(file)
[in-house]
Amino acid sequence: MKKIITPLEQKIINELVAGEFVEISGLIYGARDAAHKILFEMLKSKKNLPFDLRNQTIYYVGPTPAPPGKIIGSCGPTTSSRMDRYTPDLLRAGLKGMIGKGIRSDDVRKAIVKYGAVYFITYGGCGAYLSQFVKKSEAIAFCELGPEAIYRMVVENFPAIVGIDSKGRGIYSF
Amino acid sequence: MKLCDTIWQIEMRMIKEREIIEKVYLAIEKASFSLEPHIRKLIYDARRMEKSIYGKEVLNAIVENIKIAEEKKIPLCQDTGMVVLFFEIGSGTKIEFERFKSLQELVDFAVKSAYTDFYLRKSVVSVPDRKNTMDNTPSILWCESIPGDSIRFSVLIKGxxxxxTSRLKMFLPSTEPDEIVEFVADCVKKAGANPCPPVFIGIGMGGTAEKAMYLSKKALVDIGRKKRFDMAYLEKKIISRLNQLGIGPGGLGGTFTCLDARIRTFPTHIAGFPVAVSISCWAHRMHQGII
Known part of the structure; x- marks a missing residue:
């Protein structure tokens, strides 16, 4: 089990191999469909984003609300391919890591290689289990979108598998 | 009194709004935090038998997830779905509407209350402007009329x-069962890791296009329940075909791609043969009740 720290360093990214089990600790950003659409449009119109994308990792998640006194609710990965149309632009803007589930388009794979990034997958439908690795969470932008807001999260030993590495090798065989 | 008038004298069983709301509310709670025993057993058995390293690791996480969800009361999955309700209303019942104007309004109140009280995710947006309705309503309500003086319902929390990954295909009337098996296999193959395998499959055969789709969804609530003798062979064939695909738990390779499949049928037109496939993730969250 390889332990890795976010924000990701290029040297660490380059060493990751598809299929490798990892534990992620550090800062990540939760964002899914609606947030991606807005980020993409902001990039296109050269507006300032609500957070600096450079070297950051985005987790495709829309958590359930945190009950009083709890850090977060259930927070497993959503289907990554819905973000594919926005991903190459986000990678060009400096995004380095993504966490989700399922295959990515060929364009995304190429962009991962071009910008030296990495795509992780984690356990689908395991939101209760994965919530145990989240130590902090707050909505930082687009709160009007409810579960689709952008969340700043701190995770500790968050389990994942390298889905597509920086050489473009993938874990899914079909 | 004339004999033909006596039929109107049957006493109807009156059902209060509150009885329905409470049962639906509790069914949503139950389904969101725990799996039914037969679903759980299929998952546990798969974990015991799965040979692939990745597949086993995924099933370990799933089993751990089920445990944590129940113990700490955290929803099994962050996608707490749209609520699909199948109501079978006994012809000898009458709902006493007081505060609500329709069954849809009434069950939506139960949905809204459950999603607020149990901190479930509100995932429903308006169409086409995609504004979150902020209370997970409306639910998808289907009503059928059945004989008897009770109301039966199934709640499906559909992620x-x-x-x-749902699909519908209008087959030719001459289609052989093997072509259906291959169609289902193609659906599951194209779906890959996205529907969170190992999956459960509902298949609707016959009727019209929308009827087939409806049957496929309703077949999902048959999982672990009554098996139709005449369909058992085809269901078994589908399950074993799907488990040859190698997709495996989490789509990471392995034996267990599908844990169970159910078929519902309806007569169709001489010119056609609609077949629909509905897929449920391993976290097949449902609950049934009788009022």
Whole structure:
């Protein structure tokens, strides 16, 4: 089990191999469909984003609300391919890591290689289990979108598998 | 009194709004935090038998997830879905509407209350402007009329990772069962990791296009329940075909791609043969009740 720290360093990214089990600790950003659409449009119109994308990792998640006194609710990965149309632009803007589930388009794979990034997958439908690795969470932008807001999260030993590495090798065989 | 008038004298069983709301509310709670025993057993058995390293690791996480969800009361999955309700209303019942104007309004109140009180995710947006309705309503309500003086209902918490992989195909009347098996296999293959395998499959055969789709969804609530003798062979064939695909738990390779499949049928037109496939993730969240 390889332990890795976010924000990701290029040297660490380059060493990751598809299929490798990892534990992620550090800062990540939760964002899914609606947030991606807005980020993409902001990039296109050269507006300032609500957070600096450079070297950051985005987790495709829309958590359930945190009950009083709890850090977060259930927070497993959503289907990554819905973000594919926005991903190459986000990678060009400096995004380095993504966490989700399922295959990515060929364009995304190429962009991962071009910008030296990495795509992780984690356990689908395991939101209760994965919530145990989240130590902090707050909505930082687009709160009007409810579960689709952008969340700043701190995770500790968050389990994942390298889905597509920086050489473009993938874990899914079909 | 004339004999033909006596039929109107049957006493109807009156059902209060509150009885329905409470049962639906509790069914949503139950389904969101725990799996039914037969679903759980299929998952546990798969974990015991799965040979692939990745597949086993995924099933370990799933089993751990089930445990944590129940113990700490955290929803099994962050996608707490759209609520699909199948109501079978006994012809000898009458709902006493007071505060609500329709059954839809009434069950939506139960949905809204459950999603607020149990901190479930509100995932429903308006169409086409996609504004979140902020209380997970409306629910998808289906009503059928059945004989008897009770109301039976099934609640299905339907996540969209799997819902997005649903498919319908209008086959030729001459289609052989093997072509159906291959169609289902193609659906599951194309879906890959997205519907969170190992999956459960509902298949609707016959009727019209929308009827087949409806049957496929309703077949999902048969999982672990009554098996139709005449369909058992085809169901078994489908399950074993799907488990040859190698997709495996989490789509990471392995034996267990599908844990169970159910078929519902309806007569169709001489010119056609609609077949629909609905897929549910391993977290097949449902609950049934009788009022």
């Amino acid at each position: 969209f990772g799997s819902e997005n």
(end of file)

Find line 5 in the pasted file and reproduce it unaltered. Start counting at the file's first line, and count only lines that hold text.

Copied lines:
């Protein structure tokens, strides 16, 4: 089990191999469909984003609300391919890591290689289990979108598998 | 009194709004935090038998997830779905509407209350402007009329x-069962890791296009329940075909791609043969009740 720290360093990214089990600790950003659409449009119109994308990792998640006194609710990965149309632009803007589930388009794979990034997958439908690795969470932008807001999260030993590495090798065989 | 008038004298069983709301509310709670025993057993058995390293690791996480969800009361999955309700209303019942104007309004109140009280995710947006309705309503309500003086319902929390990954295909009337098996296999193959395998499959055969789709969804609530003798062979064939695909738990390779499949049928037109496939993730969250 390889332990890795976010924000990701290029040297660490380059060493990751598809299929490798990892534990992620550090800062990540939760964002899914609606947030991606807005980020993409902001990039296109050269507006300032609500957070600096450079070297950051985005987790495709829309958590359930945190009950009083709890850090977060259930927070497993959503289907990554819905973000594919926005991903190459986000990678060009400096995004380095993504966490989700399922295959990515060929364009995304190429962009991962071009910008030296990495795509992780984690356990689908395991939101209760994965919530145990989240130590902090707050909505930082687009709160009007409810579960689709952008969340700043701190995770500790968050389990994942390298889905597509920086050489473009993938874990899914079909 | 004339004999033909006596039929109107049957006493109807009156059902209060509150009885329905409470049962639906509790069914949503139950389904969101725990799996039914037969679903759980299929998952546990798969974990015991799965040979692939990745597949086993995924099933370990799933089993751990089920445990944590129940113990700490955290929803099994962050996608707490749209609520699909199948109501079978006994012809000898009458709902006493007081505060609500329709069954849809009434069950939506139960949905809204459950999603607020149990901190479930509100995932429903308006169409086409995609504004979150902020209370997970409306639910998808289907009503059928059945004989008897009770109301039966199934709640499906559909992620x-x-x-x-749902699909519908209008087959030719001459289609052989093997072509259906291959169609289902193609659906599951194209779906890959996205529907969170190992999956459960509902298949609707016959009727019209929308009827087939409806049957496929309703077949999902048959999982672990009554098996139709005449369909058992085809269901078994589908399950074993799907488990040859190698997709495996989490789509990471392995034996267990599908844990169970159910078929519902309806007569169709001489010119056609609609077949629909509905897929449920391993976290097949449902609950049934009788009022």